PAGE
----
# Difference between revisions of "Completely-continuous operator"

Completely-Continuous Operator

A bounded linear operator , acting from a Banach space into another space , that transforms weakly-convergent sequences in to norm-convergent sequences in . Equivalently, an operator is completely-continuous if it maps every relatively weakly compact subset of into a relatively compact subset of . It is easy to see that every compact operator is completely continuous, however the converse is false. For example, recall that the Banach space X = l1 has the Schur Property, that is weak sequential and norm sequential convergence coincide. It follows that the identity operator from X to X is completely-continuous, but it is not compact since X is infinite-dimensional. If X is reflexive, then every completely-continuous operator is compact, so the two classes of operators do coincide in that case. In the past, the term "completely-continuous operator" was often used to mean compact operator which has sometimes resulted in confusion.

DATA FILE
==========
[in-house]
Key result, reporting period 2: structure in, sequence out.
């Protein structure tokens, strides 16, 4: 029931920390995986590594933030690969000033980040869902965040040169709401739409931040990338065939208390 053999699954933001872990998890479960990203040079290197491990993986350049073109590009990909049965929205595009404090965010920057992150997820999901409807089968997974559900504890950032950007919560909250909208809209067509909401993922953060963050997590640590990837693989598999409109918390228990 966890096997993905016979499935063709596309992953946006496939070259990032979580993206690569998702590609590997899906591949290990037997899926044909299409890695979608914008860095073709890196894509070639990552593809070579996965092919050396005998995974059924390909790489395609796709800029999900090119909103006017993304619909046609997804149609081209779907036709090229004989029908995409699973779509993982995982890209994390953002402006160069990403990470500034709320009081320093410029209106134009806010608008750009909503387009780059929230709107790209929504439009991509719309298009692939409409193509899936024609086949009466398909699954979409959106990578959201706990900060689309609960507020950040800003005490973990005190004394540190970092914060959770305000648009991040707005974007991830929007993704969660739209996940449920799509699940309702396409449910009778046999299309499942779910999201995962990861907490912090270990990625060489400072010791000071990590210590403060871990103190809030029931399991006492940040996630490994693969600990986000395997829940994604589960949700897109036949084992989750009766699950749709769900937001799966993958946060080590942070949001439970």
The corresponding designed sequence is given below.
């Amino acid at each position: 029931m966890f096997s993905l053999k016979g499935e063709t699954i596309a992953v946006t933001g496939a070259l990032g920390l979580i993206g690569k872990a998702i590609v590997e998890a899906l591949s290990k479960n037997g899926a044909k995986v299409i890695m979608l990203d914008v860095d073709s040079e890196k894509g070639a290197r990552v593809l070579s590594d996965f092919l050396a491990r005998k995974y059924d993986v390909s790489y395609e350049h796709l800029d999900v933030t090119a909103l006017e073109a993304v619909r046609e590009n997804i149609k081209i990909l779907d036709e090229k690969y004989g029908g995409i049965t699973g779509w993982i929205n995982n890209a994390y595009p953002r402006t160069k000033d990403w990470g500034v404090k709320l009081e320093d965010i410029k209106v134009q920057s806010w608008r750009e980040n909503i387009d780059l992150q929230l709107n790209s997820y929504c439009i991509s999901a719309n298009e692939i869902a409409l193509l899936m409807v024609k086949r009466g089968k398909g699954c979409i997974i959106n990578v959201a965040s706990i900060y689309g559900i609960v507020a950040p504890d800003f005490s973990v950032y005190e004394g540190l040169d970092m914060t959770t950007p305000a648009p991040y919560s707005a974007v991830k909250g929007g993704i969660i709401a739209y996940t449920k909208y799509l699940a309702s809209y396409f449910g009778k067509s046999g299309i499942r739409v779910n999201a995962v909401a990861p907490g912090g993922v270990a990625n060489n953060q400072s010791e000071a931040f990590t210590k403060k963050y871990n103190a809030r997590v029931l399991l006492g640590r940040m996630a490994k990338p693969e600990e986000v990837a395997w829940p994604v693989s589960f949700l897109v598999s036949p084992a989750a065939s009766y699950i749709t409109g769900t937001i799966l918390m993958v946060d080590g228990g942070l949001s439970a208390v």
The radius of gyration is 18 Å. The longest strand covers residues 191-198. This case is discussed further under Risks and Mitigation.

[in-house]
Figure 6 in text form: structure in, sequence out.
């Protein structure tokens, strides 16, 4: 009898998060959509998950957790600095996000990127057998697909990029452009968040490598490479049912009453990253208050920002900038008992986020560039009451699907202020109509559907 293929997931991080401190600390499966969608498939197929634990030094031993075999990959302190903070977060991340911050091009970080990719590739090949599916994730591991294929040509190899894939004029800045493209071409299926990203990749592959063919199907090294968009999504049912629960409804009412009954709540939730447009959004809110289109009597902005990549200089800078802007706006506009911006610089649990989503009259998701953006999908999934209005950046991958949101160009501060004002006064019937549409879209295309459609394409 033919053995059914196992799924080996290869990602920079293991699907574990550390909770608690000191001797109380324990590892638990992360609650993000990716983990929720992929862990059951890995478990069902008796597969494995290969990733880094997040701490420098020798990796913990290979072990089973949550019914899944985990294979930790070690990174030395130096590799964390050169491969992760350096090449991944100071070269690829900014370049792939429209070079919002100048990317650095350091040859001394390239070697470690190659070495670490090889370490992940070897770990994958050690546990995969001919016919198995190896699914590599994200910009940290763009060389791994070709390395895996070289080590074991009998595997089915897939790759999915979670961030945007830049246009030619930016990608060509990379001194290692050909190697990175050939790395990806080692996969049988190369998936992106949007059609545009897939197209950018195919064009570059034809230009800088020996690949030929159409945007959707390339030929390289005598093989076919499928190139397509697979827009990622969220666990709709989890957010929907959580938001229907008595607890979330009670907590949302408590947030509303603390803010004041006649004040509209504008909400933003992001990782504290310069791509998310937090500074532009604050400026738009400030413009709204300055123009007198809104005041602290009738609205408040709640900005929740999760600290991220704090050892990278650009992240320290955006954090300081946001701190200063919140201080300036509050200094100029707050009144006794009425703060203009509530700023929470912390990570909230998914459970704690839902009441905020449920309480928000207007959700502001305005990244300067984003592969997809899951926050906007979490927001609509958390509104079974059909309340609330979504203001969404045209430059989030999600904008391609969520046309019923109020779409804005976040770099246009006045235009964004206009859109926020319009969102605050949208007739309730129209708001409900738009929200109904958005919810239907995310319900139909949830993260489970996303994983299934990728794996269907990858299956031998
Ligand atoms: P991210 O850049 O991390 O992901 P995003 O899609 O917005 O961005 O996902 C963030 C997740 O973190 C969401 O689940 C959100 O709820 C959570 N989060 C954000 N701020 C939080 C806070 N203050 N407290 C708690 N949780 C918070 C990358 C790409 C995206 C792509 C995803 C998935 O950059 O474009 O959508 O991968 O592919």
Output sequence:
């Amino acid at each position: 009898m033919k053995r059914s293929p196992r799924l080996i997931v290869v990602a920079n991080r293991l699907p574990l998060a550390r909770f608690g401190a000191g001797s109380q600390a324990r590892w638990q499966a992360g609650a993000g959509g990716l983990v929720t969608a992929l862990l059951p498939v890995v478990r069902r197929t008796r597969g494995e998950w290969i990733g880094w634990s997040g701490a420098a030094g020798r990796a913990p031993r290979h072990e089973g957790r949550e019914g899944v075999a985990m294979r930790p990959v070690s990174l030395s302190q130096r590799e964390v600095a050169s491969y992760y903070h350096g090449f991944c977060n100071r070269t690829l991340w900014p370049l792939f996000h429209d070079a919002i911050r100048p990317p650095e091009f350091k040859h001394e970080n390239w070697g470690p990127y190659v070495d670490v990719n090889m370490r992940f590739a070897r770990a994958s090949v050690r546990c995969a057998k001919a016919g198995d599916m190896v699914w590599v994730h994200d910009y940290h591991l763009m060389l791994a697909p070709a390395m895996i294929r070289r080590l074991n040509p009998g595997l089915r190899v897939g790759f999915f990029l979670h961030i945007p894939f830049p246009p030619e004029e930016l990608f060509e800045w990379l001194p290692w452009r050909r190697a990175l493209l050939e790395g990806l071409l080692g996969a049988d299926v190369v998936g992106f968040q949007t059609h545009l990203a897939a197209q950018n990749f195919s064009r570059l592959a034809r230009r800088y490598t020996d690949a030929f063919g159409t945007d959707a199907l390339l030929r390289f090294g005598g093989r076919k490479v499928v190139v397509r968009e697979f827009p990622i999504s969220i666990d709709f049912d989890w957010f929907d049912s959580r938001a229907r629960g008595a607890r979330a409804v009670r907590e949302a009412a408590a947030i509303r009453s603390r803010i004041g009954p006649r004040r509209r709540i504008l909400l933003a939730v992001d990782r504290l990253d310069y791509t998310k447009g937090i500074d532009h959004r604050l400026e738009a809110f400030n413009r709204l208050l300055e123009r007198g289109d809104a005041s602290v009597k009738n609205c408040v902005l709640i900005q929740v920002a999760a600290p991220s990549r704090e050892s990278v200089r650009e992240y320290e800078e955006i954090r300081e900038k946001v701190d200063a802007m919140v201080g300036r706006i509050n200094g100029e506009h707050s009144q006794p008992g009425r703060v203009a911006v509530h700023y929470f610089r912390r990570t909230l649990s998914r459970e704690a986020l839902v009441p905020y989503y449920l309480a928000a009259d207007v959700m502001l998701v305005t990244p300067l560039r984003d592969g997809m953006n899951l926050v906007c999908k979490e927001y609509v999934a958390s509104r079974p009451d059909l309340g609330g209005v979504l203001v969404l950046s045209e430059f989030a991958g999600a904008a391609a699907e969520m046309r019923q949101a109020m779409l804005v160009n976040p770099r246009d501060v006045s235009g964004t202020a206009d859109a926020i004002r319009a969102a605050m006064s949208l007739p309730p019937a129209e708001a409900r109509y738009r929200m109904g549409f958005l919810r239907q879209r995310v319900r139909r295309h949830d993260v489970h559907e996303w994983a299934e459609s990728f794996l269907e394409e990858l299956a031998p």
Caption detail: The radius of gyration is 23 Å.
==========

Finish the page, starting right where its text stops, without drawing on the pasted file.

It can be assumed that the space is separable (for this is not a necessary condition; however, the image of a completely-continuous operator is always separable).

The class of compact operators is the most important class of the set of completely-continuous operators (cf. Compact operator).

How to Cite This Entry:
Completely-continuous operator. Encyclopedia of Mathematics. URL: http://encyclopediaofmath.org/index.php?title=Completely-continuous_operator&oldid=29567
This article was adapted from an original article by M.I. Voitsekhovskii (originator), which appeared in Encyclopedia of Mathematics - ISBN 1402006098. See original article